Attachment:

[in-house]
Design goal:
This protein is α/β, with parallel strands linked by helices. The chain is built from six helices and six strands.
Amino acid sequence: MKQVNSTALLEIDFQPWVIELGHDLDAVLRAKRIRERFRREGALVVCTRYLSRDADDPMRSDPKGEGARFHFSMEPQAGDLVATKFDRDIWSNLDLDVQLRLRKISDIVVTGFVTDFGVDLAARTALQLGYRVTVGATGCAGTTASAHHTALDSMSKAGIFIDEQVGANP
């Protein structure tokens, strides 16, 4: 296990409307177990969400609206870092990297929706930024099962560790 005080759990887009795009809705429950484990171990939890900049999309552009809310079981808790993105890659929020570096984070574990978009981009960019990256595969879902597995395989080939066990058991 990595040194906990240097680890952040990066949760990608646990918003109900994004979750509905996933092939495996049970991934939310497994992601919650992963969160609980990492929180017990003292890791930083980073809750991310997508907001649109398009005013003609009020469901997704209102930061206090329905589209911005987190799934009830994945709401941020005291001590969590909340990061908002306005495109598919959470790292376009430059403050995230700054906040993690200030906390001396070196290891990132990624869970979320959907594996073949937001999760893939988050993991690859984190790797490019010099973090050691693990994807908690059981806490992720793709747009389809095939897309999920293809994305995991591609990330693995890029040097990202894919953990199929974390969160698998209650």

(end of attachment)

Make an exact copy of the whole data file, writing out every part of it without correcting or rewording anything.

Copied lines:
[in-house]
Design goal:
This protein is α/β, with parallel strands linked by helices. The chain is built from six helices and six strands.
Amino acid sequence: MKQVNSTALLEIDFQPWVIELGHDLDAVLRAKRIRERFRREGALVVCTRYLSRDADDPMRSDPKGEGARFHFSMEPQAGDLVATKFDRDIWSNLDLDVQLRLRKISDIVVTGFVTDFGVDLAARTALQLGYRVTVGATGCAGTTASAHHTALDSMSKAGIFIDEQVGANP
């Protein structure tokens, strides 16, 4: 296990409307177990969400609206870092990297929706930024099962560790 005080759990887009795009809705429950484990171990939890900049999309552009809310079981808790993105890659929020570096984070574990978009981009960019990256595969879902597995395989080939066990058991 990595040194906990240097680890952040990066949760990608646990918003109900994004979750509905996933092939495996049970991934939310497994992601919650992963969160609980990492929180017990003292890791930083980073809750991310997508907001649109398009005013003609009020469901997704209102930061206090329905589209911005987190799934009830994945709401941020005291001590969590909340990061908002306005495109598919959470790292376009430059403050995230700054906040993690200030906390001396070196290891990132990624869970979320959907594996073949937001999760893939988050993991690859984190790797490019010099973090050691693990994807908690059981806490992720793709747009389809095939897309999920293809994305995991591609990330693995890029040097990202894919953990199929974390969160698998209650």